As a starter, in the backyard area, John cut down as many as 100 trees to make room for various items through which he can highlight his vintage car collection.

He also has some gasoline pumps that would be familiar to those growing up in past decades. They aren’t working, yet they conjure up memories of past decades when gas sold for 24 to 35 cents a gallon.

Repurposed cars are everywhere, one appearing to jut out of a wall and others supporting desks.

To the couple’s credit, they have erected a fence on the eastern border of their property, thus complying with “Keep America Beautiful” philosophy by not creating an eyesore (of the bits and pieces of mechanical detritus) so that neighbors and passers-by will not be offended.

One enters the Gonzales household, and, voila! The vision unfolds.  The living room/dining room/kitchen areas of the house abound with interesting collections of exquisite Native American items — Kokopelli dancers on the wall, Navajo rugs draped over the second-story railing, and other artifacts John has acquired to please Della’s preference for copper and brass tastefully ensconced in key locations throughout the area.

One item — a  diving-bell-looking object, John explains away by saying he  “got it as a joke, but also because Della likes copper/brass combinations.”

John, a semi-retired contractor, has rebuilt the home to his specifications.

“Being a contractor, I always wanted to build my own house — a house that would attract potential clients,” he says. “I can customize anything — everything is to our liking.”

Pointing to the TSB (truss, joint I-beam) paneling overhead, he says, “This is our style — Southwest style. I love old, weathered stuff.”

He points to an old wood stove in the kitchen area — no longer used as a stove. The top portion is used as a filing cabinet and the top displays some of Della’s copper collection.

Also in the kitchen are two huge copper pots transformed into the kitchen sink.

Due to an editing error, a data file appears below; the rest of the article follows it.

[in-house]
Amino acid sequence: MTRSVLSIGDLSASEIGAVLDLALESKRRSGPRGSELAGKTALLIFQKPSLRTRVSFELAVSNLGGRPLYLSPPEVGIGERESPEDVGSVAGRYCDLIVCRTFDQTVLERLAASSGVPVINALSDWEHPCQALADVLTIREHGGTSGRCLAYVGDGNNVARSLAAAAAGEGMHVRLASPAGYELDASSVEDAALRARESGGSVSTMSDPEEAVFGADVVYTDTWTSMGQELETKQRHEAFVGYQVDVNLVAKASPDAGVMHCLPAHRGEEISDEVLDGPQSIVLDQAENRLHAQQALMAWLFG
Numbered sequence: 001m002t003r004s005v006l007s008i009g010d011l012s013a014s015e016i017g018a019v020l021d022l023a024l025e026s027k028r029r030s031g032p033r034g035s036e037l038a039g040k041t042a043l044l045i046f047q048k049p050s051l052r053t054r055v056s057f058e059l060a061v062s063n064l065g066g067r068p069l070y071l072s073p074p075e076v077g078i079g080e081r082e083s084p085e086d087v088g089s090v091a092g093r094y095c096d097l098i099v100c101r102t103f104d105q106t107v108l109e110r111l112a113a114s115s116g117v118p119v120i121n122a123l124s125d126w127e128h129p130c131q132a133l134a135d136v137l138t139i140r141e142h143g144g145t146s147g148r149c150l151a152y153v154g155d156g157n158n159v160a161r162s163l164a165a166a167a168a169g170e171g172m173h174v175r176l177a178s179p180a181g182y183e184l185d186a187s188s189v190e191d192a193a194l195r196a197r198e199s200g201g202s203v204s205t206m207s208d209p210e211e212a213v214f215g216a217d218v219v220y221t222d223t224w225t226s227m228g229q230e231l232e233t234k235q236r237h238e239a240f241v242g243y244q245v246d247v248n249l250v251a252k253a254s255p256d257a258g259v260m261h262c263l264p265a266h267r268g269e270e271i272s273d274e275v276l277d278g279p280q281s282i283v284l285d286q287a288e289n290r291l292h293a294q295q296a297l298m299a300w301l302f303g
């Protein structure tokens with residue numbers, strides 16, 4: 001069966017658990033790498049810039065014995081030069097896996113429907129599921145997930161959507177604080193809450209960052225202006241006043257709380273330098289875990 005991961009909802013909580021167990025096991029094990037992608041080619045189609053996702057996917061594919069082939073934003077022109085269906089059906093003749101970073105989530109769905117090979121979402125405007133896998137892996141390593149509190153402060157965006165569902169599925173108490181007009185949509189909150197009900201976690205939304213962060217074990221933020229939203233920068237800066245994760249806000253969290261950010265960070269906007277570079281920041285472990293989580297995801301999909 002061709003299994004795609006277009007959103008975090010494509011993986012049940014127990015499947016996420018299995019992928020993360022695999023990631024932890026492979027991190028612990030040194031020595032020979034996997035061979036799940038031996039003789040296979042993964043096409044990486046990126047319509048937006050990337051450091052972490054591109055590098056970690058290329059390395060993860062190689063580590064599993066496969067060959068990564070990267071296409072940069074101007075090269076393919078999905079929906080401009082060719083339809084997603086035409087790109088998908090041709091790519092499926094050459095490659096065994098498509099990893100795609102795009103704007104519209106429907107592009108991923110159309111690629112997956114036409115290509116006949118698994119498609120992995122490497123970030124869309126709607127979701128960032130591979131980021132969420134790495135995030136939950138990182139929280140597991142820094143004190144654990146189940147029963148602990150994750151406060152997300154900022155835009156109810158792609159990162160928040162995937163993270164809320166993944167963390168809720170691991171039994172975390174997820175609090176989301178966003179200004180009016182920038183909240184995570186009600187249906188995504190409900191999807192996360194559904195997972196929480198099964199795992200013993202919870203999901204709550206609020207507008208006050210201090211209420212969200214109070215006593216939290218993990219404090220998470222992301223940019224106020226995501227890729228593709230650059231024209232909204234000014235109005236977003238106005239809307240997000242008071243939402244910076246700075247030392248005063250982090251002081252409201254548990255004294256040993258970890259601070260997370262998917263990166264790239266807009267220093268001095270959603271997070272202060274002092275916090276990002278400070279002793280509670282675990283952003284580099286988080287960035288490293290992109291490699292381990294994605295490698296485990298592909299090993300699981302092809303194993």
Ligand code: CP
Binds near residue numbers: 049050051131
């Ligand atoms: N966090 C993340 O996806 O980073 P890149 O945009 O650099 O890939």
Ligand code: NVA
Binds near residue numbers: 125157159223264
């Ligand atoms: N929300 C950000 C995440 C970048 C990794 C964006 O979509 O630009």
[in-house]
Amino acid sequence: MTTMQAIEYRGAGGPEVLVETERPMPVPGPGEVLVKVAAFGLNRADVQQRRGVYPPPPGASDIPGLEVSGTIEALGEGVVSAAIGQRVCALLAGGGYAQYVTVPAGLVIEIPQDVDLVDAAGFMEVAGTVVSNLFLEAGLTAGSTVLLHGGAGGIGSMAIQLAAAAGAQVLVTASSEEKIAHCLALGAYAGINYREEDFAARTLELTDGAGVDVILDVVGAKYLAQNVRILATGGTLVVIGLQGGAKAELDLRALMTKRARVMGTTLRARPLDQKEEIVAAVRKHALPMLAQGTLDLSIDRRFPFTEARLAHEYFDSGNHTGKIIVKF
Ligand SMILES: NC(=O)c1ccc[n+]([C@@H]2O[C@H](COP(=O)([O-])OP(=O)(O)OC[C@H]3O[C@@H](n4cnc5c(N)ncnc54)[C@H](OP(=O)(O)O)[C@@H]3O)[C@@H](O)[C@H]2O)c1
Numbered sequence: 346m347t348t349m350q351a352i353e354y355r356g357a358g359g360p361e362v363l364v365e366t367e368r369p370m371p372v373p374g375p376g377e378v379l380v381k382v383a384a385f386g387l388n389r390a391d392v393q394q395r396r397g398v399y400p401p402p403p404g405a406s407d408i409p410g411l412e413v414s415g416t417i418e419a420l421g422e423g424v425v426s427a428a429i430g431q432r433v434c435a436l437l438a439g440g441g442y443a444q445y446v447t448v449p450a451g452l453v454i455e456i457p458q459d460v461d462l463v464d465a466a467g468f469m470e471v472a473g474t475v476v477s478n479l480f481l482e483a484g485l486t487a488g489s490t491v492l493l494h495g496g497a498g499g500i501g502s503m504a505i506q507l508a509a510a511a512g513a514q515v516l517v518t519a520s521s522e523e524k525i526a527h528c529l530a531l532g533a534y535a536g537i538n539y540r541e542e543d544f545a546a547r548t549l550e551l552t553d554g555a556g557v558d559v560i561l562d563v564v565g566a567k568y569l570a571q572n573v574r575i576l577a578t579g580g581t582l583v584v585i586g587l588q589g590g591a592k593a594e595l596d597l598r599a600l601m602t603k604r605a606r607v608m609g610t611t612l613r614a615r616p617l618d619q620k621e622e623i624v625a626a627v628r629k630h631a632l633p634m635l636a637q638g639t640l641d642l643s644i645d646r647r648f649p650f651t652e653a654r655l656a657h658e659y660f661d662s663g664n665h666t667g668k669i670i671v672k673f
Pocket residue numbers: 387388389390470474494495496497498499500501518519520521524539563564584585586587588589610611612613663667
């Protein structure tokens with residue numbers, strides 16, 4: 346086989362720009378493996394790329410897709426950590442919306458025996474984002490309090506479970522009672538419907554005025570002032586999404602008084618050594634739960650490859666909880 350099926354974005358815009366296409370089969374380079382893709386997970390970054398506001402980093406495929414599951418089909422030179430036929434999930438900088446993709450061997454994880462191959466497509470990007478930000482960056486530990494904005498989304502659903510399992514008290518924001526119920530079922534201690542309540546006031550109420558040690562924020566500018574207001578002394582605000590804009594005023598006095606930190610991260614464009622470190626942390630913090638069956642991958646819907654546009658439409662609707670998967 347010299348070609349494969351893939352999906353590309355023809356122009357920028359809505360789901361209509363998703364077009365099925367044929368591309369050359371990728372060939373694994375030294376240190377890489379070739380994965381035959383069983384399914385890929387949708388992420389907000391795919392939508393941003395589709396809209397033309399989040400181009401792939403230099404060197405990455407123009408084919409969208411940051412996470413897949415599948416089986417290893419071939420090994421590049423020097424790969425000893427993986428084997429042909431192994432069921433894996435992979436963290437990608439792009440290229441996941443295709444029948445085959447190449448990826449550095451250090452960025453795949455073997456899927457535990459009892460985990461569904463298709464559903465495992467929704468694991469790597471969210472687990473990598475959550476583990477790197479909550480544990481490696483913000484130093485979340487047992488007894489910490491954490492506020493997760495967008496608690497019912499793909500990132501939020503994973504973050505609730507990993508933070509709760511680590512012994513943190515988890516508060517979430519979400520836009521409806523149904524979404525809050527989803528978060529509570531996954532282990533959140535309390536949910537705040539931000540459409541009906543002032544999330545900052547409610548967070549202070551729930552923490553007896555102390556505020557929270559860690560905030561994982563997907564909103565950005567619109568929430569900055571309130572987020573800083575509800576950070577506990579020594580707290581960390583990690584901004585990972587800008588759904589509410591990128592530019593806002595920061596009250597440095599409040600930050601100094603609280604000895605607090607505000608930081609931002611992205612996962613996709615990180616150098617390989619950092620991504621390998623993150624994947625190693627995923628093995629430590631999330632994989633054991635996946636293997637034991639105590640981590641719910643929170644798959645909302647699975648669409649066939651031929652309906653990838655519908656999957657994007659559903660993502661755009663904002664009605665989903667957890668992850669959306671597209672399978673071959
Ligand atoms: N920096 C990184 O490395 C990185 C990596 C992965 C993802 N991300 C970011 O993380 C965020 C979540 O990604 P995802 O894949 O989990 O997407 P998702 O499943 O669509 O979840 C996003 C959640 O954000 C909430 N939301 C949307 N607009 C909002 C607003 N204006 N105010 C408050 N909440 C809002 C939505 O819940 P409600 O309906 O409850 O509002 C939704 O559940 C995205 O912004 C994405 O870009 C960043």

“It’s my favorite thing,” Della explains. “I do have a dishwasher, but for the two of us, I don’t need it.”

Many collections

The couple has created a continuing odyssey of creativity. There’s an “office area” with working engines as the bases for John’s and Della’s separate desks. His is a 1950 front-end Nash, covered with leopard skin…and boasting a computer.  Hers is a ‘57 Chevy back-end, with a couch built in and a desk at the back.

“I sit there to do my nails; no paperwork,” Della says.

There’s a “Lost in the ‘50s” section, complete with a life-sized statue of Elvis and various ‘50s theme items.

John chuckles, “We once had a ‘Lost in the 50’s’ sign at the front of our property which a time or two drew people to our door, asking for accommodations.

“We even pondered building some rooms to accommodate people,” Della says.

“But Della didn’t want to have to cook for people,” John jokes.

To describe the Gonzaleses as collectors would be an understatement. They have a bike collection (yes, the two are bikers), a collection of about 250 unopened beer bottles from all over the world showcased in what could be mistaken for a real bar, vintage cars, a coke machine door that actually opens up into another room and much more.

John’s next project is to build a pool table with a car under it instead of legs. The Gonzaleses enjoy showing off their unique home to visitors.

“If you hear about it and want to come, you’re welcome,” John and Della say. “Just call ahead, so we won’t be in our pajamas.”

The unique home they’ve built, complete with its stunning collections, is something to brag about.

But Della prefers to boast about something else.

“The wonderful thing about ourselves in this day and age — 45 years together!”